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By Josette Kosch

Special to CSMS Magazine

Cultural diversity is one of the most researched areas in multicultural study, and just like in many other professional fields, cultural diversity has a tremendous impact on both healthcare in a broader term and in nursing in particular. Many experts agree that nursing, as a medical profession, has to have cross-cultural awareness as one of its curricula in staff or professional development. The more a nurse can relate to her patient cultural background, the more effective she can be in building trust—a quintessential factor in the healing process. Cultural diversity in general plays a major part in my life and also my entire family. I was born in an immigrant family where preserving the culture of the old country is a matter of great importance. So, growing up, I was able to be both American and Haitian.

According to Lowe and Archibald, nurses deliver their care within both social economic cultures as well as the health care culture. Culture focused assessments are essential. Mastery of cultural diversity in nursing will help. Assessing an emergency room visitor and asking if the patient had diabetes could result in the patient looking at the nurse as if she or he had two heads. A more experienced nurse came up from behind and asked the patient if he had sugar problem.

By simplifying the questions for the patient, it made it easier for him to respond. The patient said that he did. The nurse did not share the same cultural origin with the patient. However, her cross-cultural awareness and her experience as a skill nurse plaid well in helping the patient. So, cross-cultural awareness must be an integral part in staff development program in the nursing profession. It needs to be recognized to provide the best nursing care possible.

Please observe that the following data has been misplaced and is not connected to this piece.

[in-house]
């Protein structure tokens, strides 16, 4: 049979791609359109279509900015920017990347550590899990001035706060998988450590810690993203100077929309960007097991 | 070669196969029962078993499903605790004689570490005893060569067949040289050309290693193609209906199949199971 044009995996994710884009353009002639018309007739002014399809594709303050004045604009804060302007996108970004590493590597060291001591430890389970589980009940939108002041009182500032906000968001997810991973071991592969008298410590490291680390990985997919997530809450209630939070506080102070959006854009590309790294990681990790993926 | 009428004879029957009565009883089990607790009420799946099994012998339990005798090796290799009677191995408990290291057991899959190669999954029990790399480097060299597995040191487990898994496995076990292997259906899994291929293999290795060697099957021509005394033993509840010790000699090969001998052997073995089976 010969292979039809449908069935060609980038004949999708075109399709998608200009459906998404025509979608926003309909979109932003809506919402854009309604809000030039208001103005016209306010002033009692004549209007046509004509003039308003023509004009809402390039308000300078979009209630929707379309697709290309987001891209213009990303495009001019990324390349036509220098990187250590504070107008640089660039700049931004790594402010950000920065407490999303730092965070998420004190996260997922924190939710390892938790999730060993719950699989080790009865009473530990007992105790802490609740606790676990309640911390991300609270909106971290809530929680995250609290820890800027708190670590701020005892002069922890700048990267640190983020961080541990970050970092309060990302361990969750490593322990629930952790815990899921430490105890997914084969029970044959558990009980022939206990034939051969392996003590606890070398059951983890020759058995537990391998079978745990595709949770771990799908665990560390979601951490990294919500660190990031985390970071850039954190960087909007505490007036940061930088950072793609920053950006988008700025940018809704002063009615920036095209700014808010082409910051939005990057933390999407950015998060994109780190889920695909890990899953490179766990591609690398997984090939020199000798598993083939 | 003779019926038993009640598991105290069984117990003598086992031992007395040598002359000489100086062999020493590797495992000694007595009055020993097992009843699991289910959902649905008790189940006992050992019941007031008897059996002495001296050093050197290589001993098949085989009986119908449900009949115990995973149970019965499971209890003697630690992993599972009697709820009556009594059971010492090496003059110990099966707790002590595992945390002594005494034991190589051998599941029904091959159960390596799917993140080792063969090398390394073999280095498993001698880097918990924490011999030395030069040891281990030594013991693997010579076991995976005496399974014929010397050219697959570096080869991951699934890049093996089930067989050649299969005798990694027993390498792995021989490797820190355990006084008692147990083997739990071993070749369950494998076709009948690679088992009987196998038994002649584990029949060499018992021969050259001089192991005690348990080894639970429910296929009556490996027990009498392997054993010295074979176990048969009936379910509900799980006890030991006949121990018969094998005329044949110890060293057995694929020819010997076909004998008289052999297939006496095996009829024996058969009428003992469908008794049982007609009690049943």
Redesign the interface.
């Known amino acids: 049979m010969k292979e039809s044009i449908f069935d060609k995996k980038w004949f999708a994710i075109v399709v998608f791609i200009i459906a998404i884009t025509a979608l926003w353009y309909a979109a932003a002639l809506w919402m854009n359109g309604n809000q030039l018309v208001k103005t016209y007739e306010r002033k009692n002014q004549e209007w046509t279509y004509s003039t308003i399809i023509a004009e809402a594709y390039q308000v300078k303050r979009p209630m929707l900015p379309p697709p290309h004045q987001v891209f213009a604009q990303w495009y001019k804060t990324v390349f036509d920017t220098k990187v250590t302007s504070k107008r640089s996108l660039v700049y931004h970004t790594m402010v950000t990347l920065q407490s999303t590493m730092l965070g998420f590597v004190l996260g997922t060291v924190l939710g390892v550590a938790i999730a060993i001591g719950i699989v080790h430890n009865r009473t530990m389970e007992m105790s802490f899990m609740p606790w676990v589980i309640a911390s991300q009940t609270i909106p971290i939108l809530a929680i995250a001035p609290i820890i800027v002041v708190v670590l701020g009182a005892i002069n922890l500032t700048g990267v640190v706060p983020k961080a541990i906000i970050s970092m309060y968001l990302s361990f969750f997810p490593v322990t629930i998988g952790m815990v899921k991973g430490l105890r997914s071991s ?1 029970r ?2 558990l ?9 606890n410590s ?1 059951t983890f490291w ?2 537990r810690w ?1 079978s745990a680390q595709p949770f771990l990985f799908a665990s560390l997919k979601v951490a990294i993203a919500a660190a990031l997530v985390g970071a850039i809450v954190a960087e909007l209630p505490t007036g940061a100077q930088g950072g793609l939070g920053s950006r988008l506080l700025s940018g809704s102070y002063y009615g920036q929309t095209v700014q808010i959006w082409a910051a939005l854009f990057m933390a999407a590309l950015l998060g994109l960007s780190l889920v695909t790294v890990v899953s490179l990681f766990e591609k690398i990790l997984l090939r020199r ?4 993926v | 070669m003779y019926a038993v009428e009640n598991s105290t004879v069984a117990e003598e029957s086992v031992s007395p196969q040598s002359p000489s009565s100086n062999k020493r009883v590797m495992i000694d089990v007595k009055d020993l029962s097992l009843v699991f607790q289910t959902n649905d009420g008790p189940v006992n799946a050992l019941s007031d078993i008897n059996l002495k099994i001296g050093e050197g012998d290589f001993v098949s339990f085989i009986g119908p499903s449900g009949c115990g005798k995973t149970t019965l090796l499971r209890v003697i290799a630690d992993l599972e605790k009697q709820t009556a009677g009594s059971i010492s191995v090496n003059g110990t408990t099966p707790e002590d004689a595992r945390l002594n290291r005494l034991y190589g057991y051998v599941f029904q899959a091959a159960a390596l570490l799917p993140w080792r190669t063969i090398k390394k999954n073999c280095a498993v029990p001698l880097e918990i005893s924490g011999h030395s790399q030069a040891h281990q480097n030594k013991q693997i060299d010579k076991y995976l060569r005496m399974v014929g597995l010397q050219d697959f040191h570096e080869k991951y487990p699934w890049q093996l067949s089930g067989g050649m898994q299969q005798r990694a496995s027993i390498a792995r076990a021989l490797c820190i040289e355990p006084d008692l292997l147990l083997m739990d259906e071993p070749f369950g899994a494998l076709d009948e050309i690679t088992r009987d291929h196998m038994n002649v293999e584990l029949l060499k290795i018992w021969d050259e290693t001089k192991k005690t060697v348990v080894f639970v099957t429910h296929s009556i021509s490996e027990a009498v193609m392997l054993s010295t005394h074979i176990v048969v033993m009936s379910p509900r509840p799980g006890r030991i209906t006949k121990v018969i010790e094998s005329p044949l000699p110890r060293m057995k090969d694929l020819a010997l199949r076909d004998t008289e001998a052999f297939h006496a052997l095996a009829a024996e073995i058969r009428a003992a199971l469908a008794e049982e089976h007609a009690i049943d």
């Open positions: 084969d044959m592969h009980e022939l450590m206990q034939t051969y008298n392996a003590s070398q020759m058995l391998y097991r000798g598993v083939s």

A nurse must be very sensitive to her patients’ cultural diversity. Cultural diversity can be related to age, education, gender, social-economic, sexual orientation and race. Lack of cross-cultural awareness could result to misinterpretation between a nurse—what she’s trying to explain—and her patient. Therefore, in order to understand how to help a patient better, a nurse needs to know the patient cultural background and try to be on the same level or in same page with the patient.

As a nurse working in a hospital setting, once trust with the patient has been established, the care you provide to the patient will be easy on you, and you will become an indispensable element for patients during the healing process. I believe nurses should take a practical approach to working with the culture of patients and families.

This approach has to be flexible to allow differences within cultures. I myself do not have any problem whatsoever with cultural diversity. As a professional social worker, I know how to approach people with different backgrounds and how to make others comfortable in their own pace. I know for fact cultural diversity plays a major role in a setting such as public places, especially hospital settings where patients have to make decision about their lives and about what they can or cannot do even though their lives are in the line.

Background of the patient is the most important part of the puzzle, especially when religion is involved. As a nurse this could be a dilemma, but at the same time you have to have a great respect and understanding for the patient’s cultural backgrounds and his or her belief. The cultural differences in nursing need to be recognized to provide the best nursing care possible. Even within a same culture, there may be vast differences—physical and emotional, which can cause serious and senseless mishaps if a nurse fail to understand these nuances.

Note: Josette Kosch is multicultural consultant. She lives in Dayton, Ohio. She wrote this piece for CSMS Magazine.

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